The Laténium actually has two laboratories: one in which wood artefacts are dated (dendrochronology) and which provides specialized services valued throughout the region. And, of course, the Laboratory for Conservation and Restoration.

50% air humidity necessary

What are the benefits of Rotronic probes? Organic components are particularly sensitive to climate as these materials can tear as a result of variations in the climate. “We try to stabilize the objects at a relative air humidity of 50 %. In this regard you should, however, know that our museum, which has been awarded the Minergie label, is not air-conditioned,” says Christian Cevey. The management therefore decided to air-condition every glass cabinet in the museum housing archaeological objects separately and to add the necessary humidity. In this way the climate is kept at the required humidity level with the help of cartridges containing a buffer material. “Using the special RMS software (Rotronic Monitoring System) from Rotronic, I can control the complete museum from my computer screen. The computer application generates charts for a year (or an hour, a day, a week) so that I get a better overview compared to the old system. Apart from that, this new interface also offers me the possibility to select the period of the chart.” The charts generated in this way offer the possibility to track seasonal or weekly fluctuations in humidity and temperature and to identify anomalies.

Previously the Laténium was equipped with English sensors and a computer program, both of which were out of date and only offered isolated overviews. Now the archaeological museum has a complete overview of the site and measured values of all probes and can control them optimally. “The accuracy of our humidity probes is our biggest strength,” says Marcel Rohrbach, sales consultant at Rotronic.

“Following a call for tenders, we opted for this system because we can achieve a precision in humidity variations of +/- 0.8% while competitors can only offer +/- 2% in this area,” says Christian Cevey, who is also delighted about the flexible and efficient customer service of the Zurich-based company.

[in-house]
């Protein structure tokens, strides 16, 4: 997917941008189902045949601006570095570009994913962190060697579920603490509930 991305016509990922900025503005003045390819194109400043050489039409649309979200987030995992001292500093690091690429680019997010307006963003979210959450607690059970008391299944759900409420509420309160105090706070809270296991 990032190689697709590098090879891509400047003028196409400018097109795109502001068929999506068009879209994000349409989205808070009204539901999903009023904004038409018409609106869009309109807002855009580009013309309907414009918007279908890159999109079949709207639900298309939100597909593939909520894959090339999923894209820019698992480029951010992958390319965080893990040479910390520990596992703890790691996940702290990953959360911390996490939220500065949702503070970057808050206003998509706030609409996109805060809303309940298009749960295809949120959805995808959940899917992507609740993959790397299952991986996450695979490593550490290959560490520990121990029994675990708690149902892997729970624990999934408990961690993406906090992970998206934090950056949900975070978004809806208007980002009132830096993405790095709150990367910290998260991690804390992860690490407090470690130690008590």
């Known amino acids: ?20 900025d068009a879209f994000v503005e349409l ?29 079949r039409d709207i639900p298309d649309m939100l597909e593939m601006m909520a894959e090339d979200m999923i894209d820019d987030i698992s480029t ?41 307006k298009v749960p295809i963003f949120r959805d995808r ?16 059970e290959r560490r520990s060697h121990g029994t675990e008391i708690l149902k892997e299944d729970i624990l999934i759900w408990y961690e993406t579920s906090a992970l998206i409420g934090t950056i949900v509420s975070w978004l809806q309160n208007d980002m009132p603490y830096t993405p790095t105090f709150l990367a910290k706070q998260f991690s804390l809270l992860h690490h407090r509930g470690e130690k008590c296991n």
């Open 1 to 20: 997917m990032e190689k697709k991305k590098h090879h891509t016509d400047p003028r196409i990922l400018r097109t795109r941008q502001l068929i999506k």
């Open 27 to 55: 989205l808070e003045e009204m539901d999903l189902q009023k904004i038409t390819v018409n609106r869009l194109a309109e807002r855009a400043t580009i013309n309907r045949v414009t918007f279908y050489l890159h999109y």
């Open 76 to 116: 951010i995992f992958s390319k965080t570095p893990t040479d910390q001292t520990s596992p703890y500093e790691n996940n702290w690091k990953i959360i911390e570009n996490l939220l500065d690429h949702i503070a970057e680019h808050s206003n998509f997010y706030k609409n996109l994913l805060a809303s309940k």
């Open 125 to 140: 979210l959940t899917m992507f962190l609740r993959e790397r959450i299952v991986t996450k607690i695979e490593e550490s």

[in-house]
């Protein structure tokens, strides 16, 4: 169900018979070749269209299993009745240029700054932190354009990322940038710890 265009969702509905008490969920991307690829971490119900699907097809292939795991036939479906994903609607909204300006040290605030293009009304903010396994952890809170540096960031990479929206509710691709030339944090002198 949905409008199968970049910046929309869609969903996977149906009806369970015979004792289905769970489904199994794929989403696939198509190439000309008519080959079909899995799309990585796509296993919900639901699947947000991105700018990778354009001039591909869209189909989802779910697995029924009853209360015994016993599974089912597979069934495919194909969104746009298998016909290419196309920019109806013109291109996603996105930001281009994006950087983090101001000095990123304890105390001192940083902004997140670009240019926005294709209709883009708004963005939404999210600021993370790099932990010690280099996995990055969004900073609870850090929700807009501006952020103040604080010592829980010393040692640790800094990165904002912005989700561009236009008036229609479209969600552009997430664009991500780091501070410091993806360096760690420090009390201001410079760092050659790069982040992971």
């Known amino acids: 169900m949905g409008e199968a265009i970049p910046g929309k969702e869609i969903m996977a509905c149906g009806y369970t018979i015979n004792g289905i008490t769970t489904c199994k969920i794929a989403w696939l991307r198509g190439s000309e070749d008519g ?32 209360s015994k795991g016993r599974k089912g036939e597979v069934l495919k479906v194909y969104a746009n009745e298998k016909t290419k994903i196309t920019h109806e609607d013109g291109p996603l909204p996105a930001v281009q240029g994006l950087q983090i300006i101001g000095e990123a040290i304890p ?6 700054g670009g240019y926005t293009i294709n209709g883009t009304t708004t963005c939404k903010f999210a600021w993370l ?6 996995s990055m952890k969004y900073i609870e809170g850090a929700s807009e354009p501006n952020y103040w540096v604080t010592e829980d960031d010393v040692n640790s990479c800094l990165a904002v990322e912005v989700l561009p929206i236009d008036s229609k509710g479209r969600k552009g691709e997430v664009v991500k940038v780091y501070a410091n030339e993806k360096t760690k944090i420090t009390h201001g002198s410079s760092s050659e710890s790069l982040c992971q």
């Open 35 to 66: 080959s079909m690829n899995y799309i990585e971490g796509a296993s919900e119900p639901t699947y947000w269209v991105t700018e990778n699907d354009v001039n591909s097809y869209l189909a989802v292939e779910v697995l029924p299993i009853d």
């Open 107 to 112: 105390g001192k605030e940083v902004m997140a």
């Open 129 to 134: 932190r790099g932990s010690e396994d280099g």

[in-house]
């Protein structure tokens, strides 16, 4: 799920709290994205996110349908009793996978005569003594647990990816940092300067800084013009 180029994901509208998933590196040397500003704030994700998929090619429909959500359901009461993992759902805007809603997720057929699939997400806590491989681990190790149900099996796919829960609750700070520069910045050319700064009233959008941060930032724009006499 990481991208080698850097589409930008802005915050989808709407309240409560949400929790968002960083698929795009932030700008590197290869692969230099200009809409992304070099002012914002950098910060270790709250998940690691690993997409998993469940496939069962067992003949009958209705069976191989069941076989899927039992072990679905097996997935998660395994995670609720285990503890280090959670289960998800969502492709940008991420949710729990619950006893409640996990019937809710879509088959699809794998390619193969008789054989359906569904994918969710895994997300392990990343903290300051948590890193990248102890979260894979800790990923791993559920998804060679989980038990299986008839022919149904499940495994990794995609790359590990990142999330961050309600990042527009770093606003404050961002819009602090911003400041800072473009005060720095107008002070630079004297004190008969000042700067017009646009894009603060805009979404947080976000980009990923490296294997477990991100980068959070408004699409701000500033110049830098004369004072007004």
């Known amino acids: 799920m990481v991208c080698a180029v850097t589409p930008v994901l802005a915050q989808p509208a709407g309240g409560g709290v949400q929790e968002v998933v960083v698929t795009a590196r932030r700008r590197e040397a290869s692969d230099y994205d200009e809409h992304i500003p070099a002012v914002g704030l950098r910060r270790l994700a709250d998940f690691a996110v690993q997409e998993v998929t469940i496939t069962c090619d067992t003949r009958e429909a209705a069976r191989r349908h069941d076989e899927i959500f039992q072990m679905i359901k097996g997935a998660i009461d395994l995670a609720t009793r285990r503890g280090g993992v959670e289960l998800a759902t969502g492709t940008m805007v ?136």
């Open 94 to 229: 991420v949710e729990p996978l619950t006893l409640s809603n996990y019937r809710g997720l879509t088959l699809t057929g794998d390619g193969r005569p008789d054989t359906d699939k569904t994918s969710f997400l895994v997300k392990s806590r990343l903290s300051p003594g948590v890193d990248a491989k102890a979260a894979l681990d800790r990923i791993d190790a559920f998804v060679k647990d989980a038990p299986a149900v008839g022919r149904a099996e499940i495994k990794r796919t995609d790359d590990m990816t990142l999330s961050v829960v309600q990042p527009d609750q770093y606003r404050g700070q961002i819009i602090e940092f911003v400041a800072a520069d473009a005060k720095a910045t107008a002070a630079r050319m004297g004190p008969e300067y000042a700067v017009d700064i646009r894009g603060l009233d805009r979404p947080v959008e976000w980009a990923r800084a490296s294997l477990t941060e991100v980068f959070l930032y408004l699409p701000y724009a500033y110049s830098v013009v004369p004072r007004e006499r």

70 probes

“More than 15 years have passed since the Laténium was opened, and we therefore wanted to revise a number of fundamental factors such as, for example, the lighting and climate monitoring, which are of essential importance for the perfect preservation of the artefacts,” says Marc-Antoine Kaeser. Today there are around 70 probes distributed amongst the museum’s glass cabinets, meaning humidity measurement in Switzerland’s largest archaeological museum is now under control. For ideal conservation of the valuable historical artefacts.

Scientific projects in the Laténium

The Laténium’s Laboratory for Conservation & Restoration is involved in various scientific projects in the field of fundamental research in conservation & restoration as well as in applied research (development of marketable products). This work is conducted in partnership with the scientific institutes of various colleges and universities as well as with other partners of the museum. To this end, the museum maintains close relations with the course in Conservation & Restoration at the Swiss University of Applied Science ARC in Neuchâtel. Depending on the needs of the museum’s cooperation partners, the laboratory accepts contracts from third parties for conservation & restoration in its fields of expertise every now and then.